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Upside-Down Magic by Sarah Mlynowski, Lauren Myracle, and Emily Jenkins

September 5th, 2015 (03:59 pm)
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In the world of Upside-Down Magic, kids go to ordinary schools from kindergarten through fourth grade, then transfer to a different school in fifth grade, when they are about ten years old, because that is when their magical ability appears. Some kids are Flyers, able to float above the ground at will. Some are Flares, able to light candles and toast marshmallows will ease. Those who can turn invisible are called Flickers. If you have a knack for befriending other animals, you're a Fuzzy; if you can shape-shift into different animal forms, then you are a Flux.

Elinor Boxwood Horace, aka Nory, is a Flux - at least, sort of. She's about to go into fifth grade, and she's worried about what's going to happen because she can't control her animal forms. It's difficult for her to shape-shift at all, and then, once she does, she often becomes a combination of two different animals, such as a dragon and a kitten (which she calls a "dritten"), or a beaver and a kitten, or even a skunk and an elephant. When in these hybrid forms, she often destroys things because her "human" brain loses control and her snake or dragon or cat mind takes over and she starts to act on instinct, chewing up books or tables or spewing fire. Nory doesn't mean to cause any damage. She just wants to be "normal" - and for her, that means being able to control her magic and pass the test that will allow her to attend the magic school where her strict father is the headmaster.

Unfortunately, she doesn't pass the test, and instead of attending the school with her thirteen-year-old sister, Dalia, a Fuzzy, and her concerned sixteen-year-old brother, Hawthorn, a Flare, she is sent to live with her aunt Margo and go to a school that has a special class for kids who have magic that's outside of the ordinary -- what they call Upside-Down Magic.

The class is made up of eight students, each with an interesting ability: [Spoiler (click to open)]Nory, as we know, has trouble controlling her animal forms. Her new friend Elliott is a Flare whose fire turns to ice, causing him to freeze things rather than burn them. Andres is a Flyer who defies gravity: he floats all of the time, never touching the ground, which means he hits the ceiling when he's indoors and needs a tether when he's outside so that he doesn't fly up, up, up and away. Pepper is a Fuzzy who scares animals rather than comforting them, so she is called a Fierce, even though her temperament is totally calm and well-meaning. Bax turns into a rock and needs help from the school nurse in order to return to human form. Sebastian sees sound waves and other invisible things. Marigold can shrink objects by touching them. Willa can make it rain - but only indoors, never outdoors. Their teacher, Ms. Starr, is an optimistic lady whose outfits are as bright and sunny as her personality. She is convinced that she can help her students learn to love and respect their abilities.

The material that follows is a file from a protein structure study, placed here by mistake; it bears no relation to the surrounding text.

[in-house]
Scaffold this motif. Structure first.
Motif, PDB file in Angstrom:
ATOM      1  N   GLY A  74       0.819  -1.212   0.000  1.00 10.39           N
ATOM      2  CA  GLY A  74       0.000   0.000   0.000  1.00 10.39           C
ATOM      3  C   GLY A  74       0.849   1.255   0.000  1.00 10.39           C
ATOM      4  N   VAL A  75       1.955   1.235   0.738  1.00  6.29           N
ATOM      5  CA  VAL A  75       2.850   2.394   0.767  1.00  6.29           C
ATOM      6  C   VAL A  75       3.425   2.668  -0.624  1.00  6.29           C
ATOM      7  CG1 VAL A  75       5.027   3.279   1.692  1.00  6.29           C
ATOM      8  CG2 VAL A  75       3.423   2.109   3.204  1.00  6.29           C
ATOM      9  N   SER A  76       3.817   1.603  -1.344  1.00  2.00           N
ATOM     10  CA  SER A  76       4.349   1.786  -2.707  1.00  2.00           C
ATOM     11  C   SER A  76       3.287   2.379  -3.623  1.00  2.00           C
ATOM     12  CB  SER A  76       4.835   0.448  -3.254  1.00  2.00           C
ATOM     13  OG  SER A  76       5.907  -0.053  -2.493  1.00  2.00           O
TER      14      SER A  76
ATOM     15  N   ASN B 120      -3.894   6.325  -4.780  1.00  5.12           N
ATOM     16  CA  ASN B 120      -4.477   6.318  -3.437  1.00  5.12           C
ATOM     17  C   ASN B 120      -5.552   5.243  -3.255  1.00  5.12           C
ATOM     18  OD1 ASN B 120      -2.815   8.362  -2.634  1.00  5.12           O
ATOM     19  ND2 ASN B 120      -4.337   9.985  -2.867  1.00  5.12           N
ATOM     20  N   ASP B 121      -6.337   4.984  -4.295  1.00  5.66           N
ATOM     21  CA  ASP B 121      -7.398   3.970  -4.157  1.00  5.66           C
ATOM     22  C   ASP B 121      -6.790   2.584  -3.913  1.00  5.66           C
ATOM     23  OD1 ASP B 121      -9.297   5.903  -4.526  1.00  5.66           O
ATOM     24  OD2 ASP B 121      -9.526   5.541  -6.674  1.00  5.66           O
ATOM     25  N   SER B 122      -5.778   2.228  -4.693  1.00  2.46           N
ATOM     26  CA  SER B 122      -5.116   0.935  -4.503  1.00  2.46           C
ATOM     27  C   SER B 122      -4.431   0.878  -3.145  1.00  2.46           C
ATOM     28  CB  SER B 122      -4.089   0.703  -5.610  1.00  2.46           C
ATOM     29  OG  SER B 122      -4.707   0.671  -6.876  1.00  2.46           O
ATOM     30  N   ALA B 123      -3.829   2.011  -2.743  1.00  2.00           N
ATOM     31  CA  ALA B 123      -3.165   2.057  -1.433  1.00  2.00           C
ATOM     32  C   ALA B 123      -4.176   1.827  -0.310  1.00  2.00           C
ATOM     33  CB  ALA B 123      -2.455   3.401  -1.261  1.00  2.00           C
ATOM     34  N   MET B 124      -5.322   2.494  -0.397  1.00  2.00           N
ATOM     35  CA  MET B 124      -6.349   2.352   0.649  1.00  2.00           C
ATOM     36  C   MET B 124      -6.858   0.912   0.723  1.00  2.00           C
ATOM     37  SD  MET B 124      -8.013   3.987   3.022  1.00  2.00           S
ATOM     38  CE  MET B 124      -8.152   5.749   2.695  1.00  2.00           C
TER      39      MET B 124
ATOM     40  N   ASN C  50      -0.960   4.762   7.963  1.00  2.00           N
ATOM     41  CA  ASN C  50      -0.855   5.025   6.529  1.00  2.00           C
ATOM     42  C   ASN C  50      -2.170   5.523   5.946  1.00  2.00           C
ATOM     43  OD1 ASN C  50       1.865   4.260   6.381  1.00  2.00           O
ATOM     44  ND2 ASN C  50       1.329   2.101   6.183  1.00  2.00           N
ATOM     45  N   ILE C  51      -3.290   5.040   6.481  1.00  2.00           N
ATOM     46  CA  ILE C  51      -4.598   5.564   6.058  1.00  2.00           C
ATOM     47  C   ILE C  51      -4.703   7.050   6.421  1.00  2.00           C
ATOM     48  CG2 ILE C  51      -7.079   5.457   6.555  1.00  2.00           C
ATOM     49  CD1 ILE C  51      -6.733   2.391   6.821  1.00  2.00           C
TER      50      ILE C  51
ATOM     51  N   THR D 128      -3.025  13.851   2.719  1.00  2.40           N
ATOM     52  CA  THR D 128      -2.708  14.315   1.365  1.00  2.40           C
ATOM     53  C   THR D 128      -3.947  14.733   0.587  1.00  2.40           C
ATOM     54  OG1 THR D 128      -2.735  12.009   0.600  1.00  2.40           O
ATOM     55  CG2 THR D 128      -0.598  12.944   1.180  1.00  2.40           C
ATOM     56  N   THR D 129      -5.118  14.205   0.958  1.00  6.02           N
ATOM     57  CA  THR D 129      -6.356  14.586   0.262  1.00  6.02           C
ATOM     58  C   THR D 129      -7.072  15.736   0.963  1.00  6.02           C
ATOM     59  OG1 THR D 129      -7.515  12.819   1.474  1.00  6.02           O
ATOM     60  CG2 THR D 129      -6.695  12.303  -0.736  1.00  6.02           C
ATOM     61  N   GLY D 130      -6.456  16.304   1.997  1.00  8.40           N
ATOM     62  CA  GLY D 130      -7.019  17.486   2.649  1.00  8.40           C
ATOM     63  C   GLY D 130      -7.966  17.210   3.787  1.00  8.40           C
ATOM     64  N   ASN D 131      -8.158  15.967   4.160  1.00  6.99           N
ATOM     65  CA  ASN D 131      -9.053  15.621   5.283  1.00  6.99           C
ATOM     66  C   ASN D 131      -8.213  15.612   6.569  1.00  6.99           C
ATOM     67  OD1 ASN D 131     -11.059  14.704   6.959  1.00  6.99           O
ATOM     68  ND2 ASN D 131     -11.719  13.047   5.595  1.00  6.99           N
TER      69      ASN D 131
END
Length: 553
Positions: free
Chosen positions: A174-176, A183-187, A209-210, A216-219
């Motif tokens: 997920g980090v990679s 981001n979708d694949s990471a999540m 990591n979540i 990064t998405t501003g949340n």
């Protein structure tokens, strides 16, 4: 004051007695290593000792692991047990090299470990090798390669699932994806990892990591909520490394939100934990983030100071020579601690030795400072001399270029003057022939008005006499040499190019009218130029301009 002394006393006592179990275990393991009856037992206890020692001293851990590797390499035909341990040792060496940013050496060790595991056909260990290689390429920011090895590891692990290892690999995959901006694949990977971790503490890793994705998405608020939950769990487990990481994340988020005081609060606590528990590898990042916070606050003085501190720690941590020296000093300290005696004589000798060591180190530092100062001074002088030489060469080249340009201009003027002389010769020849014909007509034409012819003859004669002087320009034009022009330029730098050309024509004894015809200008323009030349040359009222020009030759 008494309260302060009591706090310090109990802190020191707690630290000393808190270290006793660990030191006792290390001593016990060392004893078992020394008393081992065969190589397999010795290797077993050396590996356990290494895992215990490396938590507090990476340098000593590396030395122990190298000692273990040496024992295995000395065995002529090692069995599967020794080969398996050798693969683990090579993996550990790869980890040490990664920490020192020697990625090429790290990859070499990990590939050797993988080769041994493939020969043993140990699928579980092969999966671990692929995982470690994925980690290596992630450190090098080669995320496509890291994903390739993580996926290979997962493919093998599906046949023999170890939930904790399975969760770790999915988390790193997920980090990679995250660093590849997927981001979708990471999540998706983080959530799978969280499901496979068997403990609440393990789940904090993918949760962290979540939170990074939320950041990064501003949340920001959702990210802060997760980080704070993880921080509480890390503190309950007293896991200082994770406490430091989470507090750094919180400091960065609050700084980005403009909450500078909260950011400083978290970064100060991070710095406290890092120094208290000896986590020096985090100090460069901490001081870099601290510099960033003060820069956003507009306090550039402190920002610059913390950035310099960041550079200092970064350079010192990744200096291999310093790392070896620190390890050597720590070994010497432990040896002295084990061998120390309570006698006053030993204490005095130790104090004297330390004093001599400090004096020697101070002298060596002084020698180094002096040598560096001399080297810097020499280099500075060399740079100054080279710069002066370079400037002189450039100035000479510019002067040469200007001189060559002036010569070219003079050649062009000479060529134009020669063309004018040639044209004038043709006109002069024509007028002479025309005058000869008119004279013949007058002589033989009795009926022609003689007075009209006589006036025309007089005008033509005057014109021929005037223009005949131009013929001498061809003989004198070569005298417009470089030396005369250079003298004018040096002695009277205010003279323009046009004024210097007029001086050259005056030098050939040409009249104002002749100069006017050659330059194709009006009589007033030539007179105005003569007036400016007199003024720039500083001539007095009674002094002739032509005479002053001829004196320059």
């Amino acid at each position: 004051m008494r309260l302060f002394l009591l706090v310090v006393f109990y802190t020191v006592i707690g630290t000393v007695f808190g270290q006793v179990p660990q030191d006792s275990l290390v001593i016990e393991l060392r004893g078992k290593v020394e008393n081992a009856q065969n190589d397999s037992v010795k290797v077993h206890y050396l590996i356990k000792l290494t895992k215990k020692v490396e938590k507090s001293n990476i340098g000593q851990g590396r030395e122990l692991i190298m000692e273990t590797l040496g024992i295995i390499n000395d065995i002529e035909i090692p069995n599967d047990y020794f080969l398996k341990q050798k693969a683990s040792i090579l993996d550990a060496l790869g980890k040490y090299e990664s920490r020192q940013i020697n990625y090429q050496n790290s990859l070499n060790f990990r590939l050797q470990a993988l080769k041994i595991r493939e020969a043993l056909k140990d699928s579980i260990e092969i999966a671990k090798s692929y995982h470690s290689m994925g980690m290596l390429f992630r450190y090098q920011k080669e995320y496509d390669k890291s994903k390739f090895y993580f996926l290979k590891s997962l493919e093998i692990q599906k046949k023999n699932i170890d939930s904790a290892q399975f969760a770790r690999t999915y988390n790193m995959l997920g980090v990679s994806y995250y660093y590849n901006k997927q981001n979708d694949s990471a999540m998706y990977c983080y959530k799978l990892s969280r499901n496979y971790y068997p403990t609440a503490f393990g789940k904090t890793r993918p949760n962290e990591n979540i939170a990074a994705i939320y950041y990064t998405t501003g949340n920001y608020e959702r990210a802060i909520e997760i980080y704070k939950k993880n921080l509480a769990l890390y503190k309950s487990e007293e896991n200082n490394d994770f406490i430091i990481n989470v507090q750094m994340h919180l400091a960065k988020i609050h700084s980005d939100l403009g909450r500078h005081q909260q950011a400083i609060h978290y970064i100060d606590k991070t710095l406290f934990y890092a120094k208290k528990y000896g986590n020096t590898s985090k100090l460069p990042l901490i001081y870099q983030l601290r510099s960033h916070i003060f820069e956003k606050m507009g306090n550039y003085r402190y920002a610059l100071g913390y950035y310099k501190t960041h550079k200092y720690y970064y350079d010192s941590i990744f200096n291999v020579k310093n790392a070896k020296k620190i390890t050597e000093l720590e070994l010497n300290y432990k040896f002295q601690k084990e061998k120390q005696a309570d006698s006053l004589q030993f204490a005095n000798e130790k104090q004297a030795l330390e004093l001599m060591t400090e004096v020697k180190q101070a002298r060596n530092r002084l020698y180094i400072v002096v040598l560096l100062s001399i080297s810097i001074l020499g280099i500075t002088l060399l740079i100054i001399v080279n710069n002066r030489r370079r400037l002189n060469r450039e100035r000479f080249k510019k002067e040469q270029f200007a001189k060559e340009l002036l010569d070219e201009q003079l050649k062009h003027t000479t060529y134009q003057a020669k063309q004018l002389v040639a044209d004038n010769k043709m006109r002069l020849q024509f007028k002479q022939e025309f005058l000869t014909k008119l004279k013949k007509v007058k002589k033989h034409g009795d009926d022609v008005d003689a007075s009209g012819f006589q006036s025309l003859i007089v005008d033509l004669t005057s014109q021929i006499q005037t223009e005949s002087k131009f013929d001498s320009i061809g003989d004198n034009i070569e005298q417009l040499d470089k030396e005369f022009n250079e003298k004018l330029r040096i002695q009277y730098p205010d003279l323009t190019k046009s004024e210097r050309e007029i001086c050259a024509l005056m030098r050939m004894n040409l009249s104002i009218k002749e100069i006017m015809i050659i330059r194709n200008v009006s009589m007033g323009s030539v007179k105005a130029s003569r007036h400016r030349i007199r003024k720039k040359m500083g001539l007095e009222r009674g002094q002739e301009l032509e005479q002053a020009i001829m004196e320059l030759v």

Not only is it neat that each student has a unique ability, but it is also very neat that the characters in this book are diverse: different races, different families, different personalities, even different senses of fashion. (Nory is particularly fond of her purple jeans.) (I too have purple jeans.) I also liked the Pollyanna nature of the aptly-named Ms. Starr, who won't let her students give up or put themselves down.

Slowly, Nory becomes more comfortable at home with her aunt and at school with her new friends, but deep in her heart, she still wishes she could be like the kids in the other classes at her school, who were easily categorized into one of the main magic tracks because they have skills that can be defined and controlled. So when the opportunity to be "normal" presents itself, Nory tries her best. But then something unexpected happens, and Nory must decide whether to repress or embrace her ability in order to help someone else - and the choice she makes will cement her place in school and in life.

Upside-Down Magic is a fun, magical story that will be enjoyed by kids who wish they had magic of their own. Nory is a sweet character whose journey is easy to follow through this quick read. Upside-Down Magic is the first novel in a new series for young readers by Sarah Mlynowski, Lauren Myracle, and Emily Jenkins. It will be available on September 29th. The second book, Sticks & Stones, will be available sometime in 2016.

Favorite quotes:

"Do you know what the sound waves on badly played musical instruments look like? Sharp! They're like knives to the eyeballs!" - Sebastian (I understand you, kid!)

"I will not tolerate bigotry. I will not tolerate unkindness about race, gender, orientation, family background, religion, weight, magical ability, favorite candy, or anything else that distinguishes one person from another." - Want to know who says this? You've got to read the book!